‘It is very pleasant dining with a bachelor…I only hope it is not improper; so many pleasant things are!’
Author: Elizabeth Gaskell
Publication details: UK: Transatlantic Press, 2012. (Originally published 1851)
The gist of it:
- Small town. English. Quaint.
- Genteel womenfolk abounds.
- Delicate sensibilities, ruffled. Traditions, tried. Friendships, tested.
- But mostly all is good.
The treasure in this book is reading about the shenanigans the womenfolk get up to, it
really is good fun seeing them get into ‘much ado about nothing’, so to speak. They are poised, dignified and pride themselves on their small town traditions and simplicity. They are independent and empowered, a symbol of feminism before the word was even coined (fun fact: it was coined in 1890). Most endearingly, they are kind, good and compassionate. Even the ever formidable and stern Deborah Jenkyns, “imperious guardian of the established order” and “upholder of traditional values”, took it upon herself to accompany a poor maiden to her father’s funeral. As she put it,
“It is not fit for you to go alone. It would be against both propriety and humanity were I to allow it.”
“I imagine we are none of us what may be called rich, though we all possess a genteel competency, sufficient for tastes that are elegant and refined, and would not, if they could, be vulgarly ostentatious.”
The characters in Cranford are so entirely lovable! Even the arrogant Mrs Jamieson doesn’t really incur feelings of detest, but rather a chortle and a shake of the head as you continue to read on as to how the ladies carry out their “boycotting” of her. Though old-fashioned and quaint in their ways, their hearts are pure, their intent never malicious, and their constitutions much too delicate and genteel for one to ever take offence at them.I’m starting to think I have a real sweet tooth for old fashioned sort of writing, where the words used are all so formal and the sentences so properly structured. I really got a sense of the characters’ accents and the whole English town atmosphere thanks to the wonderfully written prose. Everything is spoken so delicately, with utmost manners, that even when one is angry the disparagement comes off as more a strongly-worded lecture of advisement.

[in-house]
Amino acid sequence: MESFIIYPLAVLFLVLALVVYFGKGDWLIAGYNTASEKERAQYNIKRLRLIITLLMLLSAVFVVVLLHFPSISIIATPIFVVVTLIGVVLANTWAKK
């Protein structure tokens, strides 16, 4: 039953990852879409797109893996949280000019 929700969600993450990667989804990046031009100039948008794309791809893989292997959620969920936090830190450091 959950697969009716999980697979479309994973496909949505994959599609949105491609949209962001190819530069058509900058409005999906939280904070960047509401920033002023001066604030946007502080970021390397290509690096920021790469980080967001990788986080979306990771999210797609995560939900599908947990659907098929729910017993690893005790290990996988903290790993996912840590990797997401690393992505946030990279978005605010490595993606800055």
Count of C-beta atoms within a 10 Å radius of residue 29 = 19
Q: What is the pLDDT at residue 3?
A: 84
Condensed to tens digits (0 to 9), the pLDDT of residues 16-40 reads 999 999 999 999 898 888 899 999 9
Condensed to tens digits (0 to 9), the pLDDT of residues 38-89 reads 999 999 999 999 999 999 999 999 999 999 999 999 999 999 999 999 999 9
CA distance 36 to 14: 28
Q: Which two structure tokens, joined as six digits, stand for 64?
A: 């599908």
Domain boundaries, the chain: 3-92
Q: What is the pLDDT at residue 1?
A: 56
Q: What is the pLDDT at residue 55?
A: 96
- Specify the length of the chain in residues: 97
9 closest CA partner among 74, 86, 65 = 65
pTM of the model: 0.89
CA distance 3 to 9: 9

Also, this book has inspired within me the compulsion to use genteel as an apropos replacement for gentle from now on. Just because…genteel has a quirky little twang to it. I like it.
Person: “It’s pronounced ‘gentle’.”
Me: “…I meant what I said you vulgar lout.”
Cranford is the perfect book to read when you want to sit back, relax and have a nice cup of tea. Or coffee. Make sure to keep your chuckles quiet so as to retain your air of genteel demeanor.
I’ve watched the BBC TV series, and thoroughly enjoyed it as well. They have a really sweet romance between a doctor and a village girl in that one. I was actually quite disappointed that the romance wasn’t originally from the book!
“Miss Jenkyns wore a cravat, and a little bonnet like a jockey-cap, and altogether had the appearance of a strong-minded woman; although she would have despised the modern idea of women being equal to men. Equal, indeed! She knew they were superior.”
“But I was right. I think that must be a hereditary quality, for my father says he is scarcely ever wrong.”
“Mrs Forrester … sat in state, pretending not to know what cakes were sent up, though she knew, and we knew, and she knew that we knew, and we knew that she knew that we knew, she had been busy all the morning making tea-bread and sponge-cakes.”
“My father was a man, and I know the sex pretty well.”